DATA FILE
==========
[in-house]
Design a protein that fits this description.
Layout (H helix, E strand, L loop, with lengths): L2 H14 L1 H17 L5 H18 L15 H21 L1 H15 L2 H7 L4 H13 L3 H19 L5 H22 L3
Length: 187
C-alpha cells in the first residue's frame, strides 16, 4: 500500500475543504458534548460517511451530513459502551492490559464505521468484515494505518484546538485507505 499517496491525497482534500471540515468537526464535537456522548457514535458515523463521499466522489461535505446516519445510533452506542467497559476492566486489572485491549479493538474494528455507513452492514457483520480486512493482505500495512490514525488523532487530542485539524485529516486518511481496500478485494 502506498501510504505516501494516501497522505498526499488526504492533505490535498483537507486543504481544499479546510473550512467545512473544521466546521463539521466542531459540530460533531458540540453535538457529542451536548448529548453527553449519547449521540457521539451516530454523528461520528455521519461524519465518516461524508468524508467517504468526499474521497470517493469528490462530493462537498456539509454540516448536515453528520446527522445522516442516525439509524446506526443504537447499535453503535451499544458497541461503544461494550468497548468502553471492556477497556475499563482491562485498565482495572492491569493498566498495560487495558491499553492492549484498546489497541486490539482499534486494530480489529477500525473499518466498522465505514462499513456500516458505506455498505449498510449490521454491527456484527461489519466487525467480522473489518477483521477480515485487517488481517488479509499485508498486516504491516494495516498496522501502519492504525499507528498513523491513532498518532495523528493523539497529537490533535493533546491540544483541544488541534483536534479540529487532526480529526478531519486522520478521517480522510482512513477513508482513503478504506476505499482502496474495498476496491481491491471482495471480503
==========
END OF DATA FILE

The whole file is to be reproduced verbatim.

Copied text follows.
[in-house]
Design a protein that fits this description.
Layout (H helix, E strand, L loop, with lengths): L2 H14 L1 H17 L5 H18 L15 H21 L1 H15 L2 H7 L4 H13 L3 H19 L5 H22 L3
Length: 187
C-alpha cells in the first residue's frame, strides 16, 4: 500500500475543504458534548460517511451530513459502551492490559464505521468484515494505518484546538485507505 499517496491525497482534500471540515468537526464535537456522548457514535458515523463521499466522489461535505446516519445510533452506542467497559476492566486489572485491549479493538474494528455507513452492514457483520480486512493482505500495512490514525488523532487530542485539524485529516486518511481496500478485494 502506498501510504505516501494516501497522505498526499488526504492533505490535498483537507486543504481544499479546510473550512467545512473544521466546521463539521466542531459540530460533531458540540453535538457529542451536548448529548453527553449519547449521540457521539451516530454523528461520528455521519461524519465518516461524508468524508467517504468526499474521497470517493469528490462530493462537498456539509454540516448536515453528520446527522445522516442516525439509524446506526443504537447499535453503535451499544458497541461503544461494550468497548468502553471492556477497556475499563482491562485498565482495572492491569493498566498495560487495558491499553492492549484498546489497541486490539482499534486494530480489529477500525473499518466498522465505514462499513456500516458505506455498505449498510449490521454491527456484527461489519466487525467480522473489518477483521477480515485487517488481517488479509499485508498486516504491516494495516498496522501502519492504525499507528498513523491513532498518532495523528493523539497529537490533535493533546491540544483541544488541534483536534479540529487532526480529526478531519486522520478521517480522510482512513477513508482513503478504506476505499482502496474495498476496491481491491471482495471480503